Can Dubya Handle the Second-Term Blues?

George W. Bush’s second White House term will get bumpier than his first, if history is any guide.

Call it the second-term blues.

In the last half century, every U.S. president who won a second term had a reputation-tarnishing scandal to go with it. Earlier U.S. history is replete with second-termers who faced problems ranging from political discord to insurgency to disabling illness to death.

Bush’s immediate predecessor, Bill Clinton, almost lost his job for lying about an improper relationship with White House intern Monica Lewinsky.

The scandal, emerging in his fifth year in the White House, gripped Washington for more than a year, leading to Clinton’s impeachment. While the U.S. Senate declined to remove him from office, his presidency was indelibly tarred.

Ronald Reagan, whose two terms stretched across the 1980s and included two overwhelming victories, faced his gravest presidential crisis when he had been in office nearly six years, when the Iran-contra scandal came to light.

The disclosure in November 1986 that the United States had sold arms to Iran — then a sworn U.S. enemy — and diverted proceeds to the Nicaraguan contra rebels despite a congressional ban shook the Reagan White House.

The scandal raised questions about Reagan’s involvement, and congressional hearings portrayed the president known as the “great communicator” as out of touch.

The official congressional investigation report rebuked Reagan: “The ultimate responsibility for the events in the Iran-contra affair must rest with the president. If he did not know what his (adviser) was doing, he should have.”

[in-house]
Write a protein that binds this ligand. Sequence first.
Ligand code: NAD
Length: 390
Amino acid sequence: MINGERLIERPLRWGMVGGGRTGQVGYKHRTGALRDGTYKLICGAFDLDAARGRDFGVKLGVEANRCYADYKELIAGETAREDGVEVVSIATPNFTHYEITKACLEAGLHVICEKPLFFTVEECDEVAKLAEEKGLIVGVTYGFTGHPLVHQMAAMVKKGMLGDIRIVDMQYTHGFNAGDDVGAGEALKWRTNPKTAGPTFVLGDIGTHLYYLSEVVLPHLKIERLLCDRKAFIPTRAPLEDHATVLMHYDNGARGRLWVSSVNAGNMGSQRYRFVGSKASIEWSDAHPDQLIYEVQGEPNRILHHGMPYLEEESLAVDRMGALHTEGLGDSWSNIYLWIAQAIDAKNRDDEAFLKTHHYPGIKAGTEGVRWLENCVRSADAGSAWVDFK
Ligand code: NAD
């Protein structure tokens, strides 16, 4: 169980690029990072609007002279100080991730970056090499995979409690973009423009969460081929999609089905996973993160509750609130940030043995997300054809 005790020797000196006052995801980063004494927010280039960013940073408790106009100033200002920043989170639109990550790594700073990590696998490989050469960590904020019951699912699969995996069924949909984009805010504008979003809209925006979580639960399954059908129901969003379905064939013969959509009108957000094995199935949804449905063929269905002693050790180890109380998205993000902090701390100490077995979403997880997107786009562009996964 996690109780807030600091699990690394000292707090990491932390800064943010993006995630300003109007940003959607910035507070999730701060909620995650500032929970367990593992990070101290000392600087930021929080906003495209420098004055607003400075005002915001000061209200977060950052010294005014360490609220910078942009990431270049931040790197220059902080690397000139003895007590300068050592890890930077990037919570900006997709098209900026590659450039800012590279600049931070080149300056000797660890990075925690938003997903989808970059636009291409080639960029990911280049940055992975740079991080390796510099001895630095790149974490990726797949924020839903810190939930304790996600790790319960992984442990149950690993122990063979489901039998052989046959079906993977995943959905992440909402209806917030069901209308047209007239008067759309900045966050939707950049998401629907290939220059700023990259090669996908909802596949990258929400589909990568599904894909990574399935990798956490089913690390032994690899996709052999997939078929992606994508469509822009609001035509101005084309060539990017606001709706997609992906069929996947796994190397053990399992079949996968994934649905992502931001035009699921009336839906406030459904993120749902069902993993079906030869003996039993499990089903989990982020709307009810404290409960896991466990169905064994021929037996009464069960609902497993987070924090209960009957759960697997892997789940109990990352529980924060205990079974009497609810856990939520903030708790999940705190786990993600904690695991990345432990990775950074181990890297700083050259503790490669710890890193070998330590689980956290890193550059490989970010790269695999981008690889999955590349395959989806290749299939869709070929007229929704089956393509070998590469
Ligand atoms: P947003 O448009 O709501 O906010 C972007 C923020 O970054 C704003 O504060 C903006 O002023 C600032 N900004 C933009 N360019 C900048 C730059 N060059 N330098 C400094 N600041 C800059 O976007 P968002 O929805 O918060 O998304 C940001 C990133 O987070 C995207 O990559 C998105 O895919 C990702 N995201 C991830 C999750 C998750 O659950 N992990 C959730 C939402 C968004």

Richard Nixon’s second-term woes started even before his re-election, with a “third-rate burglary attempt” at Democratic National Committee headquarters at the Watergate, a tony apartment complex in Washington.

The “burglars” were found to have ties to Nixon’s political campaign, and the term Watergate became synonymous with Nixon’s attempt to cover up “dirty tricks” by campaign operatives. Voters favored him that year by a landslide, but he was forced to resign on Aug. 9, 1974.

Even without scandal, second terms can be tough, according to Stephen Hess, who has worked in both Republican and Democratic administrations and is now based at the Brookings Institution.

“A second term is like an hourglass with the sand running out,” Hess said. By a president’s second term, most simple goals have been achieved and the difficult ones remain, he said.

Dwight Eisenhower’s White House years, from 1953-1961, were seen as placid and prosperous, but his second term was marked by an escalating Cold War with the Soviet Union that included the Soviet launch of its Sputnik satellite in 1957 and the Soviet downing of a U.S. reconnaissance plane in 1960.

And he had a scandal of his own when his trusted chief of staff Sherman Adams was accused of taking gifts including a vicuna coat from a businessman with tax problems and had to resign.

Woodrow Wilson, like Bush a wartime president, used the mandate of his re-election in 1916 to push for a peace treaty for the First World War, and to set up a League of Nations. The treaty was voted down twice in the Senate, and while promoting it, Wilson exhausted himself. He suffered a stroke in 1919 and spent the last 17 months of his presidency as an invalid.

Abraham Lincoln was assassinated about five weeks after being sworn in as president for the second time, having called on his listeners to “bind up the nation’s wounds” from the Civil War.

Even George Washington faced challenges in his second term. His administration was divided between rival factions headed by Thomas Jefferson and Alexander Hamilton, and an unpopular tax on whiskey sparked a revolt in Pennsylvania. Washington sent militias from other states to Pennsylvania to keep order.